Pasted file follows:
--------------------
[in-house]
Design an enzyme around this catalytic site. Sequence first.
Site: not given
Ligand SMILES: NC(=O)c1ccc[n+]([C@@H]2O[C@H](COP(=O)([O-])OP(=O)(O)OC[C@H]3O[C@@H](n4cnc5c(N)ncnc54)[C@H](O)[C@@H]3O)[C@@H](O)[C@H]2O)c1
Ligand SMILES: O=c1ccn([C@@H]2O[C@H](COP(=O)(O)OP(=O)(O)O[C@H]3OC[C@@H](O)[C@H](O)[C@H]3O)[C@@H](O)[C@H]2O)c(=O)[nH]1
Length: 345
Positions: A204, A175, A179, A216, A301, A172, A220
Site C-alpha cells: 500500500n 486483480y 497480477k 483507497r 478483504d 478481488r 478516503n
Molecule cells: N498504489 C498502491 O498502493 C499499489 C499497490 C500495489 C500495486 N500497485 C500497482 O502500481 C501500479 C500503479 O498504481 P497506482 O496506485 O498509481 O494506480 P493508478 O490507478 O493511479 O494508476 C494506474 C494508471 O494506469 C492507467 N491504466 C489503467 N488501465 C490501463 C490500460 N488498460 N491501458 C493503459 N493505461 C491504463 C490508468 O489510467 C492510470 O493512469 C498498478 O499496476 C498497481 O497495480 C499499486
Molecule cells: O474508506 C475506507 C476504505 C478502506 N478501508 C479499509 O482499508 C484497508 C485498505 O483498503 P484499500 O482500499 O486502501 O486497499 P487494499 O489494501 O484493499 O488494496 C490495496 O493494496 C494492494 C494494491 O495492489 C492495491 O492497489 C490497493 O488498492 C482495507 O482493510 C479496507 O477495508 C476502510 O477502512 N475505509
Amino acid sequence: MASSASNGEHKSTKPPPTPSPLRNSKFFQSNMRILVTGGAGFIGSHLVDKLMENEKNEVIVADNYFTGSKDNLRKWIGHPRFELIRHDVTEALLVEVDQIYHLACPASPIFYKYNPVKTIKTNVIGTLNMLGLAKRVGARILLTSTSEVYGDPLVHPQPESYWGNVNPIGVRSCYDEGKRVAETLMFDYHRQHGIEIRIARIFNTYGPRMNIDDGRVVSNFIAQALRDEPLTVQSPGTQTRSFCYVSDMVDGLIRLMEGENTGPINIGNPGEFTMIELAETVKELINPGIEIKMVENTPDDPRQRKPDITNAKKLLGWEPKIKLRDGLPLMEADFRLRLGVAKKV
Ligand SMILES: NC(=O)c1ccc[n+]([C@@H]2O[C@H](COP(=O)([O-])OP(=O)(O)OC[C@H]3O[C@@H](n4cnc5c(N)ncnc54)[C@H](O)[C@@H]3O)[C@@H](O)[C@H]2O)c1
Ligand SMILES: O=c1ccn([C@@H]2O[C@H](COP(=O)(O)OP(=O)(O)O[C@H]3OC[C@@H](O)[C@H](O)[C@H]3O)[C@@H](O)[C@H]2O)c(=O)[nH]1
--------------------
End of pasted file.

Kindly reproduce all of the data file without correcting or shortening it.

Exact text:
[in-house]
Design an enzyme around this catalytic site. Sequence first.
Site: not given
Ligand SMILES: NC(=O)c1ccc[n+]([C@@H]2O[C@H](COP(=O)([O-])OP(=O)(O)OC[C@H]3O[C@@H](n4cnc5c(N)ncnc54)[C@H](O)[C@@H]3O)[C@@H](O)[C@H]2O)c1
Ligand SMILES: O=c1ccn([C@@H]2O[C@H](COP(=O)(O)OP(=O)(O)O[C@H]3OC[C@@H](O)[C@H](O)[C@H]3O)[C@@H](O)[C@H]2O)c(=O)[nH]1
Length: 345
Positions: A204, A175, A179, A216, A301, A172, A220
Site C-alpha cells: 500500500n 486483480y 497480477k 483507497r 478483504d 478481488r 478516503n
Molecule cells: N498504489 C498502491 O498502493 C499499489 C499497490 C500495489 C500495486 N500497485 C500497482 O502500481 C501500479 C500503479 O498504481 P497506482 O496506485 O498509481 O494506480 P493508478 O490507478 O493511479 O494508476 C494506474 C494508471 O494506469 C492507467 N491504466 C489503467 N488501465 C490501463 C490500460 N488498460 N491501458 C493503459 N493505461 C491504463 C490508468 O489510467 C492510470 O493512469 C498498478 O499496476 C498497481 O497495480 C499499486
Molecule cells: O474508506 C475506507 C476504505 C478502506 N478501508 C479499509 O482499508 C484497508 C485498505 O483498503 P484499500 O482500499 O486502501 O486497499 P487494499 O489494501 O484493499 O488494496 C490495496 O493494496 C494492494 C494494491 O495492489 C492495491 O492497489 C490497493 O488498492 C482495507 O482493510 C479496507 O477495508 C476502510 O477502512 N475505509
Amino acid sequence: MASSASNGEHKSTKPPPTPSPLRNSKFFQSNMRILVTGGAGFIGSHLVDKLMENEKNEVIVADNYFTGSKDNLRKWIGHPRFELIRHDVTEALLVEVDQIYHLACPASPIFYKYNPVKTIKTNVIGTLNMLGLAKRVGARILLTSTSEVYGDPLVHPQPESYWGNVNPIGVRSCYDEGKRVAETLMFDYHRQHGIEIRIARIFNTYGPRMNIDDGRVVSNFIAQALRDEPLTVQSPGTQTRSFCYVSDMVDGLIRLMEGENTGPINIGNPGEFTMIELAETVKELINPGIEIKMVENTPDDPRQRKPDITNAKKLLGWEPKIKLRDGLPLMEADFRLRLGVAKKV
Ligand SMILES: NC(=O)c1ccc[n+]([C@@H]2O[C@H](COP(=O)([O-])OP(=O)(O)OC[C@H]3O[C@@H](n4cnc5c(N)ncnc54)[C@H](O)[C@@H]3O)[C@@H](O)[C@H]2O)c1
Ligand SMILES: O=c1ccn([C@@H]2O[C@H](COP(=O)(O)OP(=O)(O)O[C@H]3OC[C@@H](O)[C@H](O)[C@H]3O)[C@@H](O)[C@H]2O)c(=O)[nH]1